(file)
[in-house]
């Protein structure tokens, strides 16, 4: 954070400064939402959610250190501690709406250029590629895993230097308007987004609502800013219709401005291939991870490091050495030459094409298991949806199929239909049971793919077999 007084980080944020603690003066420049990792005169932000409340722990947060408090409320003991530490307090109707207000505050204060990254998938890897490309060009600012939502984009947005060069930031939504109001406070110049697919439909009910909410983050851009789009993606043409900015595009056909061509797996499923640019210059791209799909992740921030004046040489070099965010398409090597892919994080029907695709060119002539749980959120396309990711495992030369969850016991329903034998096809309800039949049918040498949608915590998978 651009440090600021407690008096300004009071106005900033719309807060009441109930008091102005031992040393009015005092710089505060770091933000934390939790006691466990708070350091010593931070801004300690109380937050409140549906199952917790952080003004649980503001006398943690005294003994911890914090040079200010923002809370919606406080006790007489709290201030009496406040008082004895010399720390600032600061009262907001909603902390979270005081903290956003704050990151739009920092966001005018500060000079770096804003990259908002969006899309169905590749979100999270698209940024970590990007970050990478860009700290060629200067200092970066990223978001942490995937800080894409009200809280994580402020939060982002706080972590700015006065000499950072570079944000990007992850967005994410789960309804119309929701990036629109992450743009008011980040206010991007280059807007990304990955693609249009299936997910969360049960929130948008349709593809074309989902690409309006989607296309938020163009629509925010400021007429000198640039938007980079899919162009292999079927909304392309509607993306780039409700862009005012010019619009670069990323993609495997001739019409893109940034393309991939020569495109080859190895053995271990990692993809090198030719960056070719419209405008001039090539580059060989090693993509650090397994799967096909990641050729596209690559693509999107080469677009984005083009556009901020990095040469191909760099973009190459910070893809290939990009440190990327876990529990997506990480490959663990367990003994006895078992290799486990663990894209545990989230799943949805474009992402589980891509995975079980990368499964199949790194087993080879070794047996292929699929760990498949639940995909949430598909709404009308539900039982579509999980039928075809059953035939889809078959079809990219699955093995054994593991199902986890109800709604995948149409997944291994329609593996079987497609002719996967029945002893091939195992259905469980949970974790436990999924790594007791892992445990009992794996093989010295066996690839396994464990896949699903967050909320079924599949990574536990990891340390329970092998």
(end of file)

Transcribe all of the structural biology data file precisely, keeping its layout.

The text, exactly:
[in-house]
């Protein structure tokens, strides 16, 4: 954070400064939402959610250190501690709406250029590629895993230097308007987004609502800013219709401005291939991870490091050495030459094409298991949806199929239909049971793919077999 007084980080944020603690003066420049990792005169932000409340722990947060408090409320003991530490307090109707207000505050204060990254998938890897490309060009600012939502984009947005060069930031939504109001406070110049697919439909009910909410983050851009789009993606043409900015595009056909061509797996499923640019210059791209799909992740921030004046040489070099965010398409090597892919994080029907695709060119002539749980959120396309990711495992030369969850016991329903034998096809309800039949049918040498949608915590998978 651009440090600021407690008096300004009071106005900033719309807060009441109930008091102005031992040393009015005092710089505060770091933000934390939790006691466990708070350091010593931070801004300690109380937050409140549906199952917790952080003004649980503001006398943690005294003994911890914090040079200010923002809370919606406080006790007489709290201030009496406040008082004895010399720390600032600061009262907001909603902390979270005081903290956003704050990151739009920092966001005018500060000079770096804003990259908002969006899309169905590749979100999270698209940024970590990007970050990478860009700290060629200067200092970066990223978001942490995937800080894409009200809280994580402020939060982002706080972590700015006065000499950072570079944000990007992850967005994410789960309804119309929701990036629109992450743009008011980040206010991007280059807007990304990955693609249009299936997910969360049960929130948008349709593809074309989902690409309006989607296309938020163009629509925010400021007429000198640039938007980079899919162009292999079927909304392309509607993306780039409700862009005012010019619009670069990323993609495997001739019409893109940034393309991939020569495109080859190895053995271990990692993809090198030719960056070719419209405008001039090539580059060989090693993509650090397994799967096909990641050729596209690559693509999107080469677009984005083009556009901020990095040469191909760099973009190459910070893809290939990009440190990327876990529990997506990480490959663990367990003994006895078992290799486990663990894209545990989230799943949805474009992402589980891509995975079980990368499964199949790194087993080879070794047996292929699929760990498949639940995909949430598909709404009308539900039982579509999980039928075809059953035939889809078959079809990219699955093995054994593991199902986890109800709604995948149409997944291994329609593996079987497609002719996967029945002893091939195992259905469980949970974790436990999924790594007791892992445990009992794996093989010295066996690839396994464990896949699903967050909320079924599949990574536990990891340390329970092998």